A/D and D/A converter help... (Bit long post) - diyAudio
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Old 24th February 2010, 09:11 AM   #1
diyAudio Member
Join Date: Feb 2010
Default A/D and D/A converter help... (Bit long post)

Hi guys .. just randomly fell over this forum, and thought I'd give it a shot, with my questions..

I'm currently working on a school project of my own, where I'm having some problems.

I'll try and explain it as good as I can - Project is as follows:
In short, I want to build what you could call a "wireless Spying headset amplifier" hehe (Or really a very simple baby-alarm)... Or this is how I would like it to work:

A microphone picks up any voice. It will get amplified, and put into an A/D converter, because I'm using these Radiometrix RX/TX modules, which transmits as data, not analog audio/voice.. so I need the voice converted into digital samples.

After the A/D converter, I transmit it directly and digitally on 433MHz, to the RX module. After it is received, I need the voice converted back to analog again, so it can be used in the headset-amplifier.

See the "drawing" below hehe...

O|(Microphone w. amp) ---> A/D converter --->Radiometrix TX module ((Wireless)) Radiometrix RX module--->Headphone amplifier--->Headset

Now - these modules can transmit up to 64kbit/sec, which gives me 8.000Hz samplig rate on the A/D converter - nice for just voice.

And heres my problem and reason I posted:
I've searched and asked around (even my teacher is trying to find a solution), to a pair of A/D and D/A converters that would work for this.

A/D converter should be able to:
1) Sample as slow as 8KHz
2) Be serial in + serial out
3) Be a "1 wire type" .. (Ground + signal wires = fits an microphone)
4) Have some sort of "protocol" or start+stop bit system, for the D/A converter

D/A converter (Maybe the real problem.. when does it know, when a packet starts and stops from the A/D converter):
1) Also serial in + serial out
2) Be able to handle the packets corretly, so its not random "voice" it spits out, to the amplifier.
3) Also 8kHz sampling rate?

I know there are tons of converters around, but cant find anything that fits.. below are an example of converter I found - but there's no D/A converter that fits it directly..

Wolfson Microelectronics plc: WM8952

And the modules Im using:
Radiometrix | TX2A Radiometrix | RX2A

Hope I explained it, so it's a bit understandable.. and sorry for my English, I'm Danish hehe... can't help it..

Any "converter" experts around that knows if this is even possible =)?

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Old 12th March 2010, 01:56 PM   #2
macboy is offline macboy  Canada
diyAudio Member
Join Date: Oct 2003
Location: Ottawa, Canada
Seems you need not only serial in/out but asynchronous serial in/out. Most, if not all, DACs having a serial interface will have a synchronous serial output, that is, a data bit plus a clock and a frame sync. You can't use that. You need just one signal, so you need asynchronous.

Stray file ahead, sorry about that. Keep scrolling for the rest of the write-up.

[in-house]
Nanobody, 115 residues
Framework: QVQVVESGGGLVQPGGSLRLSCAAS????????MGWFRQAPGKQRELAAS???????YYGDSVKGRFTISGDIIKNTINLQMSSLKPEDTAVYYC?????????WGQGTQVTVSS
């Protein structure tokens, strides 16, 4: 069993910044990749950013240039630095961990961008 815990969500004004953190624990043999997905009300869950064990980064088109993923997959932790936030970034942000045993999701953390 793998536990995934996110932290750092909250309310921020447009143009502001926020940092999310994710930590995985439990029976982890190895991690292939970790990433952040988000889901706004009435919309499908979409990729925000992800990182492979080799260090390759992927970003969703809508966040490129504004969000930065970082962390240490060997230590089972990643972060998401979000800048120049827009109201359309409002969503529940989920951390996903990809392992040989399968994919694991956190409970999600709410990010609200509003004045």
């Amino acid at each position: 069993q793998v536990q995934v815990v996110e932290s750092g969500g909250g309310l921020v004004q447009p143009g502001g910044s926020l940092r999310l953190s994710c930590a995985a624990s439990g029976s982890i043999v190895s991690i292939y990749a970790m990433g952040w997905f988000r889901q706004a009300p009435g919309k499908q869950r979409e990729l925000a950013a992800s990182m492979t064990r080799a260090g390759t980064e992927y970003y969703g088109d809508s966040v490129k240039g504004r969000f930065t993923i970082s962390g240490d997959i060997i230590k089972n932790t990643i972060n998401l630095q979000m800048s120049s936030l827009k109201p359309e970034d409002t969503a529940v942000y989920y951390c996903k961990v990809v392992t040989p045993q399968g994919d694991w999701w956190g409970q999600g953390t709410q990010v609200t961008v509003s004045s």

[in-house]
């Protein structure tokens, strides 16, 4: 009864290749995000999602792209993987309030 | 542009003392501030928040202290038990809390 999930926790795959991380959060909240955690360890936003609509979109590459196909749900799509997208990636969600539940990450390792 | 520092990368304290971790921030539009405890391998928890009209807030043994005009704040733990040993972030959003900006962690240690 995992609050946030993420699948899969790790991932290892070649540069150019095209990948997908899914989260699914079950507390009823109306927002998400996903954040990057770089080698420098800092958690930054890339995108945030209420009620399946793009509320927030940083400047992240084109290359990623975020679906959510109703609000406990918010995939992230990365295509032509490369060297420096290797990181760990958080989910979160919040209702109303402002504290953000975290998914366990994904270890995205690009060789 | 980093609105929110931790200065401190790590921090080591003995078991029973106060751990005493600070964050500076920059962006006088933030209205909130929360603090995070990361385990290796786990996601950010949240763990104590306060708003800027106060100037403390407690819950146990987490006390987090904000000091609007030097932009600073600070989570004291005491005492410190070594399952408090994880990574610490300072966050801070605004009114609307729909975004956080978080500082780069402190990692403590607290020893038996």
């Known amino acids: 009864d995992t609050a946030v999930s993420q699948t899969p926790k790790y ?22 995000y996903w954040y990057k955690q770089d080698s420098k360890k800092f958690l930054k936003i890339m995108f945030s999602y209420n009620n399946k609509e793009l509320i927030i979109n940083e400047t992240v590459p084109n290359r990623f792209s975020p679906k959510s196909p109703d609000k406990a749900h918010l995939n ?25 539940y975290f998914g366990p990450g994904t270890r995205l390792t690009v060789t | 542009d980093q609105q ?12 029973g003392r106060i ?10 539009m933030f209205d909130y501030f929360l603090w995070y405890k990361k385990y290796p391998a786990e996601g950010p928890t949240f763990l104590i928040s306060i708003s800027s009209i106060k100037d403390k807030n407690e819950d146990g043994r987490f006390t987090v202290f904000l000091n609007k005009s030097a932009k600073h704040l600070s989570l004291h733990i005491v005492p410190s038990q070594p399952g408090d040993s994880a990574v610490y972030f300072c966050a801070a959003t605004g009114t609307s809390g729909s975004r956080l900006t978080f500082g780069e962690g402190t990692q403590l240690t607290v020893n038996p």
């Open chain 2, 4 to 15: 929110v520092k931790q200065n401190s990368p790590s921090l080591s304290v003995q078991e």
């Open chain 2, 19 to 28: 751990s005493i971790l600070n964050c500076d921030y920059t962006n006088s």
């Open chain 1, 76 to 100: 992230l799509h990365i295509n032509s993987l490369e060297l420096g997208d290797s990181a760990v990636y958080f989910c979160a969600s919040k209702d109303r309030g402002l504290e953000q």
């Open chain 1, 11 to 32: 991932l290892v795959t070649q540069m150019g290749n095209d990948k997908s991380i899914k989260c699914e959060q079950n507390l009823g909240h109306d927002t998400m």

You basically need a UART on each end to convert to/from an asynchronous stream. Then you can send and receive bytes. The UART takes an 8-bit data, adds framing and stop bits, and transmits the resulting 10-bit symbol. If your sample is one byte then that is perfect, just send a stream of bytes, and receive them on the other end. Each byte is a sample, so no other framing or packetizing is needed. If you need >8 bits per sample then it is a lot more complicated. Be aware of the increase in bit rate due to the framing and stop bits added by the UART.

You could use a microcontroller as the UART, and even use it as the ADC itself (even a low-end PIC for example has a 10 bit ADC at up to 14 kHz). A simple resistor-ladder type DIY DAC run straight off of an 8-bit I/O port of the Rx end microcontroller could be sufficient, or you could interface to a "real" DAC. To improve S/N you should use a form of companding such as a-law or u-law ("mu"-law) or something similar. The micro can take care of that too. But that's optional and you could add it later by modifying the microcontroller code. Someone very familiar with micros could whip this up in a day or two. A newbee will need quite a learning curve though.

You could also do away with the micro, and use a pair of UART chips (16c450/550/etc.) plus a 8-bit parallel output ADC and 8-bit parallel input DAC, and a bunch of support logic. The circuit will be much larger and more complex, but there will be no code to write.

Another idea is to use something like DSD like SACD uses. The serial data stream represents only a "increase" and "decrease" in signal amplitude. After passing the data stream through a low-pass filter, an approximation of the input signal is realized. Your "ADC" can be as simple as a comparator with some interesting feedback (for noise shaping), and the "DAC" is nothing but a low-pass filter. There is never any framing needed because each bit is a sample itself. You will need to do some research to implement that ADC though.
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